"Where the thing's vitality consists entirely in growing and taking nourishment (as in plants) the vegetative principle is simply the soul or life-principle itself. But where the thing also has sensation this vegetative principle is only a part of the soul. And the same reasoning applies to other cases"18.

The second sets up a general principle:

"Where one only of these principles is found it is the soul itself; but where several are found together each is a part of the soul and the soul itself is named after the principal part, whether sensitive or intellectual as the case may be"19.

Aquinas takes it upon himself to make it clear that, strictly, the soul has no parts, unless by "parts" is construed the faculties, powers or potentialities of the soul20.

Aristotle distinguishes five classes of potentialities: the vegetative, the sensitive, the appetitive, the locomotive and the intellectual21. What first calls our attention is that the appetitive had not been enumerated among the modes of life. We may well wonder why it emerges when distinguishing the potentialities. The Aristotelian explanation is at once simple and confusing: everything sensitive is also appetitive because appetite consists of desire, anger and will. It is the inclination towards which the senses lead,

particularly touch, which exists in all animals. Where there is sensation there is also pain and pleasure; the agreeable and the repulsive emerge22.

As is wont, Aquinas is much more explicit and orderly in his commentary, and he distinguishes clearly the sensitive and the intellectual planes:

"Every form has by nature a certain trend or tendency whence proceed its activities or operations... ...Now the trend that proceeds from a sensible or intellectual form is called sensitive or intellectual desire; as that of any form in nature is called a natural desire. And from this desire follows the activity of local movement. Here then is the explanation we required of the five-fold division of the powers of soul"23.

A few lines below, he will add:

"Sensitivity implies a third power, appetition, which itself divides into three: into desire, in the stricter sense, which springs from the concupiscible appetite; anger, corresponding to the irascible appetite - both of these being in the sensitive part and following sense-knowledge-; and finally will, which is intellectual appetite and follows intellectual apprehension"24.

Here is a perfect example of interpretation which demands an expansion reaching far beyond Aristotle's text, but short of distorting Aristotelian thought, since it concerns doctrines which proceed from its own principles25.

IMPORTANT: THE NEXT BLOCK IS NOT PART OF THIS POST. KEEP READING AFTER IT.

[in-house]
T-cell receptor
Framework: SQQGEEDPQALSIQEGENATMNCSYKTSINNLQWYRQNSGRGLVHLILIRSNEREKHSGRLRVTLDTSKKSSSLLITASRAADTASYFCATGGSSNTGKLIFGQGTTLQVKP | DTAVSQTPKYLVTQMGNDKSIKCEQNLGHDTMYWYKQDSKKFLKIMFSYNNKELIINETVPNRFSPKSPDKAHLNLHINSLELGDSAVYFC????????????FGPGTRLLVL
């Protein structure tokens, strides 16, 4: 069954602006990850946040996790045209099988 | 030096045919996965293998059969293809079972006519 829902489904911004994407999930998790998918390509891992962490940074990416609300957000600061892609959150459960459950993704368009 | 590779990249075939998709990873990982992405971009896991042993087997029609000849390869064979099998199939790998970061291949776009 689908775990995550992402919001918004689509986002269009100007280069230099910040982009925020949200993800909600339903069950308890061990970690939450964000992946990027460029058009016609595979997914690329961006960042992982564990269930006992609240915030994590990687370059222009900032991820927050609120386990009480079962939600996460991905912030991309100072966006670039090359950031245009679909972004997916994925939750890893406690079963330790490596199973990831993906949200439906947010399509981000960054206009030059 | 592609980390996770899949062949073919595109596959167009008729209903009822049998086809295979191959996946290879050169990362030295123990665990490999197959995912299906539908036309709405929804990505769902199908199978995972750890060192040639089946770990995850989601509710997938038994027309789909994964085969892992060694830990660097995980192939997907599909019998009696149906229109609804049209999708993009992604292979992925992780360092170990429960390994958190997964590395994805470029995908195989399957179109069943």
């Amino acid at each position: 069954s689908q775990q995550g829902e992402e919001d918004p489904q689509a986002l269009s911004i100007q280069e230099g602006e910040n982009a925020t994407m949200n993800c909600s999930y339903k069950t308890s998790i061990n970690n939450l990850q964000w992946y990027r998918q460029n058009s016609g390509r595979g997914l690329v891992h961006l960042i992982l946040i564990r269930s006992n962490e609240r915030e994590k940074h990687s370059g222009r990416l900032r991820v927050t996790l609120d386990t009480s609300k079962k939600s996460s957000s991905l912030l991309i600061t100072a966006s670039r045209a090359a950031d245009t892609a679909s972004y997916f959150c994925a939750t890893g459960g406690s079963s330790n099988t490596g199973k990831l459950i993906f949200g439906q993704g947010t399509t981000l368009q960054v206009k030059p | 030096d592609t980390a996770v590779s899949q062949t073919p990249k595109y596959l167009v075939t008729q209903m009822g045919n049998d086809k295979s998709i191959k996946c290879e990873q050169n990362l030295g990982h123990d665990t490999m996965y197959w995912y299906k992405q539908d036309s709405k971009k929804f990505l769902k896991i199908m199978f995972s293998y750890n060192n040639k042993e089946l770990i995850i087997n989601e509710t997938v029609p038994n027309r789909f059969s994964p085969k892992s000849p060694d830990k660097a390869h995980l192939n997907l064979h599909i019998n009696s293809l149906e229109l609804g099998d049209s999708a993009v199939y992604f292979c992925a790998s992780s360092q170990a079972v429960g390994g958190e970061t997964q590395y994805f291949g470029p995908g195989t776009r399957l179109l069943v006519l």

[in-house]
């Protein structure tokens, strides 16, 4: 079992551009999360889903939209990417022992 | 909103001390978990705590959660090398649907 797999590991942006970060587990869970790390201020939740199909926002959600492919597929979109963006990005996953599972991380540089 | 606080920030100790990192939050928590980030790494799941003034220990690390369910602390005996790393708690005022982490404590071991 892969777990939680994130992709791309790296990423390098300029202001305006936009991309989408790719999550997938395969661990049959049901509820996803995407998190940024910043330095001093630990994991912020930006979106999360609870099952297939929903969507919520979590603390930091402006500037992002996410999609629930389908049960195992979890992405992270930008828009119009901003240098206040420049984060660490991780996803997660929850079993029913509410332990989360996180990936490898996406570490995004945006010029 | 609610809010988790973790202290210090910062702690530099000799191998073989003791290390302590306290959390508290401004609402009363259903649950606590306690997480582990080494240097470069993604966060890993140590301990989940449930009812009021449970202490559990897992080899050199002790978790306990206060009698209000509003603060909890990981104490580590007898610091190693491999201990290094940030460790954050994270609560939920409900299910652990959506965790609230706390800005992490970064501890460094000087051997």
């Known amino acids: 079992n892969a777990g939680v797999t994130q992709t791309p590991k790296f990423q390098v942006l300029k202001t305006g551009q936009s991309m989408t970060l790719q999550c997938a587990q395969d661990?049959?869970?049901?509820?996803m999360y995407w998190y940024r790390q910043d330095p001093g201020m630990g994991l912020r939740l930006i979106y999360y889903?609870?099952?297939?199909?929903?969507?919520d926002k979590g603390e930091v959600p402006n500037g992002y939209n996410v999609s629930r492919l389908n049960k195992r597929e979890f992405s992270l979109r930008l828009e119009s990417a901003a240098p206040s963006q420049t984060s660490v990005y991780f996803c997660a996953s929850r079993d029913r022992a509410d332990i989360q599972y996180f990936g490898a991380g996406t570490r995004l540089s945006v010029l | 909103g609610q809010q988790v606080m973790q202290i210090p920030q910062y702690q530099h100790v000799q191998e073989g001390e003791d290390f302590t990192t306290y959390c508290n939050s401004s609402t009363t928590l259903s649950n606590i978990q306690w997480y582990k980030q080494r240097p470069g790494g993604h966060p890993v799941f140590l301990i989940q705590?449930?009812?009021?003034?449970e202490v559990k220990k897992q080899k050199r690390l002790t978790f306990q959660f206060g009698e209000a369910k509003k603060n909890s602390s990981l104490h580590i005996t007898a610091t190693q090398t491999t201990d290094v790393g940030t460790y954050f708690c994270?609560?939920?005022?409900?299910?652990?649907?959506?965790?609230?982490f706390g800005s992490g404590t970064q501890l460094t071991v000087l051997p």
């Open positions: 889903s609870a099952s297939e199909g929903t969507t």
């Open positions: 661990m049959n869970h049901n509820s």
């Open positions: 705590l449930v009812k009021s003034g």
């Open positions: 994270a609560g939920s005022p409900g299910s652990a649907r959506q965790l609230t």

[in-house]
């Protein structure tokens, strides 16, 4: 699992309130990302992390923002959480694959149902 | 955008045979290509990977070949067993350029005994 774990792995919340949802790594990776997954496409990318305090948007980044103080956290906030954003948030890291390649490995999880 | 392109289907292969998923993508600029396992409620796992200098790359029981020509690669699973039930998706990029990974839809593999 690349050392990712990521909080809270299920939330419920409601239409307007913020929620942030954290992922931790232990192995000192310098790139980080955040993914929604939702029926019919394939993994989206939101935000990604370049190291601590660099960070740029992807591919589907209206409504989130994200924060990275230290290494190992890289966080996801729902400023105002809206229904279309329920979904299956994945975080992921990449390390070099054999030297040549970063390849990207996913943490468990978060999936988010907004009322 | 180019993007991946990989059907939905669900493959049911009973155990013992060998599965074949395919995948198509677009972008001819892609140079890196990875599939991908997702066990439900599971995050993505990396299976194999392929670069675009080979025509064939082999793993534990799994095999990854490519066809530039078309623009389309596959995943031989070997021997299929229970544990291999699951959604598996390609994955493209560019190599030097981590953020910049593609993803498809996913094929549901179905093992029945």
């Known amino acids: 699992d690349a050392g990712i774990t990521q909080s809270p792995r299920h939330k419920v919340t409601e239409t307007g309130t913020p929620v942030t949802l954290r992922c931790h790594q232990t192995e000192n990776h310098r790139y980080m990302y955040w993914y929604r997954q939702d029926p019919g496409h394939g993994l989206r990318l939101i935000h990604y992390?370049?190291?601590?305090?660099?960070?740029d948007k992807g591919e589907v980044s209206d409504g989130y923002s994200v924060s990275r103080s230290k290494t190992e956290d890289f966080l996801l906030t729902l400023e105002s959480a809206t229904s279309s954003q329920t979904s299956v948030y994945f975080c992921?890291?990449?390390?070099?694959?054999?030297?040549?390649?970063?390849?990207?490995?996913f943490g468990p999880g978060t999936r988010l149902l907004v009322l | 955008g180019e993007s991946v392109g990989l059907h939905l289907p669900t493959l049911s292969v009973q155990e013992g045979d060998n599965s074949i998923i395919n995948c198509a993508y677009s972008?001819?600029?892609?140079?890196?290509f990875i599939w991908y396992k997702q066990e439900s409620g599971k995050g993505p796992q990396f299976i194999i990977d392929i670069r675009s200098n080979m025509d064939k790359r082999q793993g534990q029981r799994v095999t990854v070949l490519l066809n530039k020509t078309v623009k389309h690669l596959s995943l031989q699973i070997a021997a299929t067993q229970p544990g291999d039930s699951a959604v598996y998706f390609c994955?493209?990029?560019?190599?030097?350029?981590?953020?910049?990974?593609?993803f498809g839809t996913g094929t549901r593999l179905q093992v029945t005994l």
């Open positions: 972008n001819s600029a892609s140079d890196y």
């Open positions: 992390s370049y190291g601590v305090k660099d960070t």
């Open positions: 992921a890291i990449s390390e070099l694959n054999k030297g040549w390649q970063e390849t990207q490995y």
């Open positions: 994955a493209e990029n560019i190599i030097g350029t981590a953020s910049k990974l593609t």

By the same token, in this lectio Aquinas makes it clear that even if Aristotle distinguishes five types of powers, as we have noted, when he refers to the degrees of life in which he places the various kinds of living things, he only refers to four degrees

because, as any one who feels also desires, as explained above, desire or appetite does not constitute a different degree of life26. As to the souls, he only distinguishes three: the vegetative, the sensitive and the intellectual27, owing to a threefold mode of being, the purely immaterial one, the material one and the intermediate being to which the sensitive soul belongs28. All this - types of soul, modes of life and kinds of powers- is much better explained by Aquinas in the Summa Theologiae I, q. 78, a. 1 , where he does not have to follow a text and is free to elaborate his own original arguments. For one thing, the reason for the diversity of souls is explained according to how the operations of the soul outdo the operations of the bodily nature, for all the bodily nature is subject to the soul and is, with respect to it, its matter and instrument29. Aquinas closes this lectio V from Book II of De Anima commenting upon an analogy put forth by Aristotle between the definition of soul and the definition of geometrical figure, thus:

"For in that which is consequent there is always potential for that which is primary, both in figures and in animate beings. As the triangle is contained in the square, so is the vegetative in the sensitive"30.

St Thomas comments as follows:

"In both cases what comes first is potentially in what follows. In figures the three-sided figure exists potentially in the square; for the square is divisible into two triangles. Likewise the sensitive life-principle contains the vegetative, both as potential, as it were, with respect to sensitivity, and also as a certain life-principle in itself. The same holds good with the other figures and the other divisions of the soul"31.

At this point, Aristotle brings up a methodological principle:

"Actions and operations are prior to faculties in the order of thought. And if this is so, one ought first to consider the appropriate objects, which are prior even to the operations, and correspond to them"32.